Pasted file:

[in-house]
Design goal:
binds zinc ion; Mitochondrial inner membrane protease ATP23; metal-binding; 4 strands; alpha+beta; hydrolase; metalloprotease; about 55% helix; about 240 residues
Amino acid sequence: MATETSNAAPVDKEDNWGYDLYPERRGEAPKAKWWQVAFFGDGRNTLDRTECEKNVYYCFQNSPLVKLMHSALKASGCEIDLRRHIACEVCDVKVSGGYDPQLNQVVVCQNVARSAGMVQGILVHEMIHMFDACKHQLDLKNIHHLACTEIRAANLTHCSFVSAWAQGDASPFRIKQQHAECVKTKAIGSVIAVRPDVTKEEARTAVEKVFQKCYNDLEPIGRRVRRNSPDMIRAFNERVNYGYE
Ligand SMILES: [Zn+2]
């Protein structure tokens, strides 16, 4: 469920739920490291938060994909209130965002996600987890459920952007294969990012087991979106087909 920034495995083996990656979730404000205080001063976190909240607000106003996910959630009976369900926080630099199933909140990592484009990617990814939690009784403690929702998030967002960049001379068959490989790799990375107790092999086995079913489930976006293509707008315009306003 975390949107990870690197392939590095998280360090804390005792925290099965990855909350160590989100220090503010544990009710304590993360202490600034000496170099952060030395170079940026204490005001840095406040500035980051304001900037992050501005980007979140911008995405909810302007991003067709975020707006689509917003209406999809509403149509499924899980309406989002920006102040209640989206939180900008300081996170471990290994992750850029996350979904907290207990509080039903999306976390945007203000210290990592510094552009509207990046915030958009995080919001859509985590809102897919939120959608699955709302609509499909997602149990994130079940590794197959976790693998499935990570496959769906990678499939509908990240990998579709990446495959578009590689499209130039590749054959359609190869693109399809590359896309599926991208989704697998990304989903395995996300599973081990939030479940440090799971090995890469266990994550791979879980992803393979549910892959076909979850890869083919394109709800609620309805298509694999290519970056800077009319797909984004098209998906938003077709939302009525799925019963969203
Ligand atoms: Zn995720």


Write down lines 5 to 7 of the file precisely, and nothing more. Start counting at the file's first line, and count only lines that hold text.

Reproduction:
Ligand SMILES: [Zn+2]
């Protein structure tokens, strides 16, 4: 469920739920490291938060994909209130965002996600987890459920952007294969990012087991979106087909 920034495995083996990656979730404000205080001063976190909240607000106003996910959630009976369900926080630099199933909140990592484009990617990814939690009784403690929702998030967002960049001379068959490989790799990375107790092999086995079913489930976006293509707008315009306003 975390949107990870690197392939590095998280360090804390005792925290099965990855909350160590989100220090503010544990009710304590993360202490600034000496170099952060030395170079940026204490005001840095406040500035980051304001900037992050501005980007979140911008995405909810302007991003067709975020707006689509917003209406999809509403149509499924899980309406989002920006102040209640989206939180900008300081996170471990290994992750850029996350979904907290207990509080039903999306976390945007203000210290990592510094552009509207990046915030958009995080919001859509985590809102897919939120959608699955709302609509499909997602149990994130079940590794197959976790693998499935990570496959769906990678499939509908990240990998579709990446495959578009590689499209130039590749054959359609190869693109399809590359896309599926991208989704697998990304989903395995996300599973081990939030479940440090799971090995890469266990994550791979879980992803393979549910892959076909979850890869083919394109709800609620309805298509694999290519970056800077009319797909984004098209998906938003077709939302009525799925019963969203
Ligand atoms: Zn995720």